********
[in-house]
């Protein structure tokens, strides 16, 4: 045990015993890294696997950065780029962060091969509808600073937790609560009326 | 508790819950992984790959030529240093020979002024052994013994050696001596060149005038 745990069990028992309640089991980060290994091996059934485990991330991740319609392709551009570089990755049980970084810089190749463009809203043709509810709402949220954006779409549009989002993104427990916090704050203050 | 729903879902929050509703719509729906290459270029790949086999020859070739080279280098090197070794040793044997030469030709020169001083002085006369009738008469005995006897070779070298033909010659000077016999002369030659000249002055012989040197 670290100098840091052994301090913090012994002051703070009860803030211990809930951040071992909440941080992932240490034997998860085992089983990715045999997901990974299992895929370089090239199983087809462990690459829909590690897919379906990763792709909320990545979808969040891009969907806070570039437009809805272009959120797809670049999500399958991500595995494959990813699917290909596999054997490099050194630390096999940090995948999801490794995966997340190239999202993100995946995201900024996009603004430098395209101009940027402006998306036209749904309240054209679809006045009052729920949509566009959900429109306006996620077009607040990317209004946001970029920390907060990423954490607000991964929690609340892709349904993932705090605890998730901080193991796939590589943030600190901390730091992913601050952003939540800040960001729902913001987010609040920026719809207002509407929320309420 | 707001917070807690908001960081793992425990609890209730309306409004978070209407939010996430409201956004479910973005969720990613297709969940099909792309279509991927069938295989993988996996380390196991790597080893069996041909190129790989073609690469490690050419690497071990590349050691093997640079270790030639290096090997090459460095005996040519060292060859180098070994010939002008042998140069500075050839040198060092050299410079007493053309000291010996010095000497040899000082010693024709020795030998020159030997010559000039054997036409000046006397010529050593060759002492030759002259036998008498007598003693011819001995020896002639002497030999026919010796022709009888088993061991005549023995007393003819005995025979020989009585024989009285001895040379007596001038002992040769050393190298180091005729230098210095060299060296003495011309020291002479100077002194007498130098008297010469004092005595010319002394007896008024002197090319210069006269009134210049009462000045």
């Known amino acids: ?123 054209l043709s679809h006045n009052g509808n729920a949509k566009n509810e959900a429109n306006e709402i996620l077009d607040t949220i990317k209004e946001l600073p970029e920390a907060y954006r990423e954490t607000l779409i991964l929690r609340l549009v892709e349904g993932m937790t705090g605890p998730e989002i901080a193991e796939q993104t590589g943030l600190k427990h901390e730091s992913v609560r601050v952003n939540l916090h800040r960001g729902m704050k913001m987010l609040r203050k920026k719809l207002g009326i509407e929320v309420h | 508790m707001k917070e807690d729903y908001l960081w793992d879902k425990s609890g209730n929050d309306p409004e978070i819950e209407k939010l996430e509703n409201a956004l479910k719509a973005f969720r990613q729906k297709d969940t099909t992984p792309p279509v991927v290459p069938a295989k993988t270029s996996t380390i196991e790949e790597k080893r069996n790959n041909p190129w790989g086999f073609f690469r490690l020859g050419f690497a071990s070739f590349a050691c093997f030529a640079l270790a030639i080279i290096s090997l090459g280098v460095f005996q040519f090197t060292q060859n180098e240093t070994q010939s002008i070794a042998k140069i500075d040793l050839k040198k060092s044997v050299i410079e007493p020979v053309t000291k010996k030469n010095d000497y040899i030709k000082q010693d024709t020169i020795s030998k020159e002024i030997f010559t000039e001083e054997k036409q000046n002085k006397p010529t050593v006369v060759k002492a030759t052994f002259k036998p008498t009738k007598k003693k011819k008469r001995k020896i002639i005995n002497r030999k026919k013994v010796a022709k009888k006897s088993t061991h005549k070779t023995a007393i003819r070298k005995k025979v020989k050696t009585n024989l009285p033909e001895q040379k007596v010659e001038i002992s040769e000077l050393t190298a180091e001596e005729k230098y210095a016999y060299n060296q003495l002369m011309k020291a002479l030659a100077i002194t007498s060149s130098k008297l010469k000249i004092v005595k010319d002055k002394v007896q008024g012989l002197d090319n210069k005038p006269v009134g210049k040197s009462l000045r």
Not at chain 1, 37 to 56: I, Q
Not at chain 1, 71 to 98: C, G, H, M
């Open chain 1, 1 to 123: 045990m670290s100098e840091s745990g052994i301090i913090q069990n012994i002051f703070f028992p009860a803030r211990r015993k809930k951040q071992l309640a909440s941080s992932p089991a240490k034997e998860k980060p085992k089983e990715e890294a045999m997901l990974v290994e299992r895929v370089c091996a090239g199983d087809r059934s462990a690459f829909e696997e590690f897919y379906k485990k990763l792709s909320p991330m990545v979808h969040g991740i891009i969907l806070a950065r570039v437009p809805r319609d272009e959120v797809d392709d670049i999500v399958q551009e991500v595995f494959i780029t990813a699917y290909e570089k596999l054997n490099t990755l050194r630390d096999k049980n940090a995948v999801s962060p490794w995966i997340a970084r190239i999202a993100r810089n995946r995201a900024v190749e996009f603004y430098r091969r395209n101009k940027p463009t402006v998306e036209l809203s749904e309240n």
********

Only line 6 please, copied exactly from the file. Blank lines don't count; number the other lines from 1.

């Open chain 1, 1 to 123: 045990m670290s100098e840091s745990g052994i301090i913090q069990n012994i002051f703070f028992p009860a803030r211990r015993k809930k951040q071992l309640a909440s941080s992932p089991a240490k034997e998860k980060p085992k089983e990715e890294a045999m997901l990974v290994e299992r895929v370089c091996a090239g199983d087809r059934s462990a690459f829909e696997e590690f897919y379906k485990k990763l792709s909320p991330m990545v979808h969040g991740i891009i969907l806070a950065r570039v437009p809805r319609d272009e959120v797809d392709d670049i999500v399958q551009e991500v595995f494959i780029t990813a699917y290909e570089k596999l054997n490099t990755l050194r630390d096999k049980n940090a995948v999801s962060p490794w995966i997340a970084r190239i999202a993100r810089n995946r995201a900024v190749e996009f603004y430098r091969r395209n101009k940027p463009t402006v998306e036209l809203s749904e309240n």